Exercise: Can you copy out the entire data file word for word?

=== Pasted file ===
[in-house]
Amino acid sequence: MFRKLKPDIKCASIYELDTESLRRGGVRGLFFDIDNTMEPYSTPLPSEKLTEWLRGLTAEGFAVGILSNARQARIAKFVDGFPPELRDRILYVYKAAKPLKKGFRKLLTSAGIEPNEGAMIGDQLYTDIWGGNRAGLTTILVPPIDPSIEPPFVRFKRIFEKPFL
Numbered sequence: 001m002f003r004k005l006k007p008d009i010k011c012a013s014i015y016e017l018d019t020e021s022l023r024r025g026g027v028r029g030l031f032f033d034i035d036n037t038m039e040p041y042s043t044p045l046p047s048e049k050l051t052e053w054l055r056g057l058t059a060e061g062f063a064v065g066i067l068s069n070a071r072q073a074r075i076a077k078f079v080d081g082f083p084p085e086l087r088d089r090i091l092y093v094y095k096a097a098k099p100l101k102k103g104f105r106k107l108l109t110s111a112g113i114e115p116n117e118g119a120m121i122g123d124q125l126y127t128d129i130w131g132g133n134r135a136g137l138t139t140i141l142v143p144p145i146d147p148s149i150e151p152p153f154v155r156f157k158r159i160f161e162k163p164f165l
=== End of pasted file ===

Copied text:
[in-house]
Amino acid sequence: MFRKLKPDIKCASIYELDTESLRRGGVRGLFFDIDNTMEPYSTPLPSEKLTEWLRGLTAEGFAVGILSNARQARIAKFVDGFPPELRDRILYVYKAAKPLKKGFRKLLTSAGIEPNEGAMIGDQLYTDIWGGNRAGLTTILVPPIDPSIEPPFVRFKRIFEKPFL
Numbered sequence: 001m002f003r004k005l006k007p008d009i010k011c012a013s014i015y016e017l018d019t020e021s022l023r024r025g026g027v028r029g030l031f032f033d034i035d036n037t038m039e040p041y042s043t044p045l046p047s048e049k050l051t052e053w054l055r056g057l058t059a060e061g062f063a064v065g066i067l068s069n070a071r072q073a074r075i076a077k078f079v080d081g082f083p084p085e086l087r088d089r090i091l092y093v094y095k096a097a098k099p100l101k102k103g104f105r106k107l108l109t110s111a112g113i114e115p116n117e118g119a120m121i122g123d124q125l126y127t128d129i130w131g132g133n134r135a136g137l138t139t140i141l142v143p144p145i146d147p148s149i150e151p152p153f154v155r156f157k158r159i160f161e162k163p164f165l